Magazine article Marketing

Opinion: The Marketing Society Forum - Do Brands Risk Alienating Fans by Promoting Events They Don't Support?

Magazine article Marketing

Opinion: The Marketing Society Forum - Do Brands Risk Alienating Fans by Promoting Events They Don't Support?

Article excerpt

Nestle's World Cup-themed campaign for Kit Kat has raised the hackles of The Football Association and official partner Mars, throwing the spotlight on the risks and benefits of ambush marketing.


TIM CROW, Chief executive, Synergy

For 'always-on' football sponsors, the fact that they are not official World Cup partners is irrelevant. Using other football ties, they've earned credibility.

Take Nike. For fans, it is one of the world's most credible football brands. They see Nike everywhere in top-flight football as a major sponsor of teams and players. Against this background, try telling fans it is ambushing the World Cup with 'Write the future' because it 'doesn't support the event'.

Alienation becomes a factor when brands with no such credibility or credentials, or which aren't selling something useful to the World Cup experience, attempt to gatecrash the party with a tactical ambush campaign.

For some, this can work - such as Mars' 'Believe' around the 2006 World Cup. Four years on, Kit Kat's 'Fingers crossed' has repeated the trick - hence the irony of ambusher-turned-sponsor Mars reportedly considering litigation.

For most, it won't. Their campaigns may alienate fans, but more likely they'll just be ignored - and have wasted their time and money.


PAUL VAUGHAN, Business operations director, Rugby Football Union

Ambush marketing is often thought clever by the 'marketing community' and indeed, some campaigns can be very creative by trying to ride on the back of rights that another brand has bought into.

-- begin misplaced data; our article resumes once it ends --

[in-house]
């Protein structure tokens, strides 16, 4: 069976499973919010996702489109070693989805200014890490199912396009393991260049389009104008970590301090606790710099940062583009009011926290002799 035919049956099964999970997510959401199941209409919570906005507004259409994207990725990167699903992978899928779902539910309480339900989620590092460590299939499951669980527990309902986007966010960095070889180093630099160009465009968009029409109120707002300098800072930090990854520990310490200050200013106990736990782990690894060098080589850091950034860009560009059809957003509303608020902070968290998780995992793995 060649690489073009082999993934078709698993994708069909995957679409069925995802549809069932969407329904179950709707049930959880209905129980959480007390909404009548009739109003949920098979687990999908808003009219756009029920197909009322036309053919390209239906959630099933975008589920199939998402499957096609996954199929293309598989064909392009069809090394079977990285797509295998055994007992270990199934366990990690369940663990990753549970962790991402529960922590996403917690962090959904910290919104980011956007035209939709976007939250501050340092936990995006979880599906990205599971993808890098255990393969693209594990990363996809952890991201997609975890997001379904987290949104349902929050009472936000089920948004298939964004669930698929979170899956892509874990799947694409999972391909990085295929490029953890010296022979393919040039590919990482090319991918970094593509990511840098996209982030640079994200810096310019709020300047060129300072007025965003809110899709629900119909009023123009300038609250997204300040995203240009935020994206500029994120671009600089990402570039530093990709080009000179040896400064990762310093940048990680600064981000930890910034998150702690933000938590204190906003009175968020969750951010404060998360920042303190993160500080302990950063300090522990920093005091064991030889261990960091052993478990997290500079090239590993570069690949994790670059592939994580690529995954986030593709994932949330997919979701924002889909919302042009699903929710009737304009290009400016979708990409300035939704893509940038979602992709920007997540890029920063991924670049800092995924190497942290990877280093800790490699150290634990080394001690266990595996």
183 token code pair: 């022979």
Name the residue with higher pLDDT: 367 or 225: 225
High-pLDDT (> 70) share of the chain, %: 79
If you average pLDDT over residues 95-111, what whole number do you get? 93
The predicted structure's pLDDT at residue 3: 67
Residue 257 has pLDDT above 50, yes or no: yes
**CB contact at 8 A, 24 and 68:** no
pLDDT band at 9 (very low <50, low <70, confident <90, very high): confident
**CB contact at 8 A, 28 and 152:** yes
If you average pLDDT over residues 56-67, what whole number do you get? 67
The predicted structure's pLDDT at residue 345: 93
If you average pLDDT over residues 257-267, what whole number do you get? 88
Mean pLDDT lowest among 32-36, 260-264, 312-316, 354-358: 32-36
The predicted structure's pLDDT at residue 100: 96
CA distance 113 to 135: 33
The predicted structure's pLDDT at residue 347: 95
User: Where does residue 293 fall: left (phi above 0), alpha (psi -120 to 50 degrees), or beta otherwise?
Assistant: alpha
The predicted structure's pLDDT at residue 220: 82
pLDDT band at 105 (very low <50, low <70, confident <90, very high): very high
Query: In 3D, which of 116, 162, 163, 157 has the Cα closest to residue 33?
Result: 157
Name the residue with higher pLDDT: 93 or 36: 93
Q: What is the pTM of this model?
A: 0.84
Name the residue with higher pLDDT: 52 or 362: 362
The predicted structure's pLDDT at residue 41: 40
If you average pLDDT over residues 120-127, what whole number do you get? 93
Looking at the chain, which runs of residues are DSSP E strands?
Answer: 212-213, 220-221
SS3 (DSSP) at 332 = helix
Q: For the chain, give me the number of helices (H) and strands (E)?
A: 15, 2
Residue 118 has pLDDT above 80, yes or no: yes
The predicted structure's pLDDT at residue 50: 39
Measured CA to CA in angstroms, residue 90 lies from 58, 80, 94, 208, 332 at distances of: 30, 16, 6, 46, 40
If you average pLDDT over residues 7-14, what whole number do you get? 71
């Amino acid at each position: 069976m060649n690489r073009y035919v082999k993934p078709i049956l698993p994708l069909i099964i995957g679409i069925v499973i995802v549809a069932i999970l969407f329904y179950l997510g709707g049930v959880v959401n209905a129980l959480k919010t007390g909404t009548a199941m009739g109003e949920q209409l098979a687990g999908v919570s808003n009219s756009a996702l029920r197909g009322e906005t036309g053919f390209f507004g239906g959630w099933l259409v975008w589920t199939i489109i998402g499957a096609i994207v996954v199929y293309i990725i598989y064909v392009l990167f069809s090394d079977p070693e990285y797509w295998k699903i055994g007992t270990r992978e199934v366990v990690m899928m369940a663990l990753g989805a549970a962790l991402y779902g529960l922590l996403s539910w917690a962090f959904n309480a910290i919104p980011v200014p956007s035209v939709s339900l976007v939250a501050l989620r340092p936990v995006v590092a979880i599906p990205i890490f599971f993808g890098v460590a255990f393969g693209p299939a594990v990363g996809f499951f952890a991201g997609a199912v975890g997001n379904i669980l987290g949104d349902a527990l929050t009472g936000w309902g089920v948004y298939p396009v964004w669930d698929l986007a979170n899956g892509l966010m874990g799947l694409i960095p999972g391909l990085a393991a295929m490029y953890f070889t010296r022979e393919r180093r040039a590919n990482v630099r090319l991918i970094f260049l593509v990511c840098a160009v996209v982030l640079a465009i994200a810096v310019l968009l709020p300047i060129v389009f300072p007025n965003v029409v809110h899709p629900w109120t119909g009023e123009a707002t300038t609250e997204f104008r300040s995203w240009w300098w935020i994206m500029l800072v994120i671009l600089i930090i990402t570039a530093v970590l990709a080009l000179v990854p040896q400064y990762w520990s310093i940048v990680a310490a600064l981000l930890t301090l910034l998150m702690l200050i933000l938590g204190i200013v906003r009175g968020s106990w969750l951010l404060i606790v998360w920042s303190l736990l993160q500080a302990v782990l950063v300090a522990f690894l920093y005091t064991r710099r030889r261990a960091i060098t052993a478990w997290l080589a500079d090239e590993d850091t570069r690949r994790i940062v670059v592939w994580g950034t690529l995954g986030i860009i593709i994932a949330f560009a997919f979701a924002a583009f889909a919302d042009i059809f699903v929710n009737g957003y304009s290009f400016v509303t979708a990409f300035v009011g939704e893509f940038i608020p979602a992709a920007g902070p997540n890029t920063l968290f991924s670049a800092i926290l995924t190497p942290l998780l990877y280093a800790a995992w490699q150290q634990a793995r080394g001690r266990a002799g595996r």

The difficulty for an ambush brand is that it does nothing for the sport or event that it is using and has little or no access to the key elements such as tickets and the more experiential parts delivered to the 'official' brand. It is also a very short-term tactic.

Official brands need to rise above it and bring their involvement to life through excellent creative work. O2's Priority ticketing campaign is a brilliant case in point, while MasterCard's work offering consumers the chance to become the 23rd member of the Barbarians team last week was a great example of things that ambush brands cannot do.

Fans are savvy and can see through campaigns without foundation. Their propensity to buy does greatly increase if the event they love is supported by a brand that does it properly.


BEN STEPHENS, Managing partner, Stephens Francis Whitson

Are consumers really sitting at home thinking 'Why is that brand running a promotion when it's not even an official sponsor? …

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